p.s. On the thread that shall not be named, OW makes reference to the Daimon - in this I do believe as well.

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    Jan 20, 2009 6:33 PM GMT
    Hey Terry –

    I’m not sure I follow your sequence of points 1-11. If you meant it as a restatement of my discussion with TigerTim, I don’t think it captures our argument.

    To state it informally, it merely observes that concepts of the supernatural world, and concepts of gods or other supernatural beings, necessarily require that our world admits non-material causation (otherwise [and I didn’t develop this point explicitly before], the traditional monotheistic God is just a high-tech alien like Stargate’s Goa’uld). Empirical evidence does not support the existence of non-material causal mechanisms in our world, however, and therefore the supernatural realm likely* does not exist (since by definition it has some connection to our world that allows non-material causal mechanisms to operate here), and similarly for gods.

    *(This point is where Bayesian inference came in.)

    Your theistic construct has deities existing without a supernatural realm. Two points:

    1) My discussion with TigerTim would have relevance to your beliefs only if you believe that these deities’ “finitely discernable” causality is non-material – in other words, they operate through “magic” (for want of a better term since something like “supernatural power” is not available) rather than through something that really high-tech aliens could accomplish.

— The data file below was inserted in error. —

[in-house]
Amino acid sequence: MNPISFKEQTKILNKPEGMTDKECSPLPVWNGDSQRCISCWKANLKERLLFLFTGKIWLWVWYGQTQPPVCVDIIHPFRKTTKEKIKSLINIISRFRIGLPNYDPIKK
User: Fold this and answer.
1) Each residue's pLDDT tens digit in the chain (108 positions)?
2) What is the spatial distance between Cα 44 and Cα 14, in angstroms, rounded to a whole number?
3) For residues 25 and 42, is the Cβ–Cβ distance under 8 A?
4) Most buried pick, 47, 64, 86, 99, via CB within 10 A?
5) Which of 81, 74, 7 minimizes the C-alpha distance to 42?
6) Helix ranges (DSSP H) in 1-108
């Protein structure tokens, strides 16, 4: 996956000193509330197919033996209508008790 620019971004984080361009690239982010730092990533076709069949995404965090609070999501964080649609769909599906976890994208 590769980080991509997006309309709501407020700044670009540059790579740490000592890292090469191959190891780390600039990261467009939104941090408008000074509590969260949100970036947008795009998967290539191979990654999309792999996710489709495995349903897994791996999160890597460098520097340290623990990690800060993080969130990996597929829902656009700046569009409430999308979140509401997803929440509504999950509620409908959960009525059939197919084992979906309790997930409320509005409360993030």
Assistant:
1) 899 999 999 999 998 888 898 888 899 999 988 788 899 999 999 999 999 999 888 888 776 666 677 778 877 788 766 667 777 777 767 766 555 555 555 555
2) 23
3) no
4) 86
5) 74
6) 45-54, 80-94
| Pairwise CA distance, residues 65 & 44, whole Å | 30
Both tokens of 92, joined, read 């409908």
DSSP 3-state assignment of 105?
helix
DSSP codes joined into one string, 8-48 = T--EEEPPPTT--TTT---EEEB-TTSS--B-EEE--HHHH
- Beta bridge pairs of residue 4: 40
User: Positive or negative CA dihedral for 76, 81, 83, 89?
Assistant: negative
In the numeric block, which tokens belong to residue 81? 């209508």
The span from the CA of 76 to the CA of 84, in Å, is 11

2) If you believe that they have non-material causal mechanisms at their disposal, then since you’ve dispensed with a separate supernatural realm, your construction seems to suggests (although it doesn’t necessarily) that non-material causality occurs more often than it would if these beings existed in a separate realm that had connections to our own. If so, then they would be less likely to exist than a traditional, monotheistic deity unless for some reason they’re less active.

    ~~~~~
    TigerTim (on another thread): ” Oh, Satyricon, I miss you and your intellectualism.

    -- the reincarnated Diogenes the Cynic”


    Oh, TigerTim, I <3 you! I miss our discussions too. I’m trying to get more free time in my life, but law school saps the life out of you, and this semester I have an internship and I’m studying for the MPRE and the bar on top of everything. Frankly, I hate law school, although I like my internship so far and most of my papers.

    On that note, to take a completely irrelevant turn for those in the know… the Bluebook’s creators deserve gruesome execution. I finished one of my two papers yesterday. I thought I would have had it done by last week, but the bluebooking took a week. Seriously. I had hundreds of footnotes to cite, and somehow I naively though it would take a day. Not once the Bluebook had its say!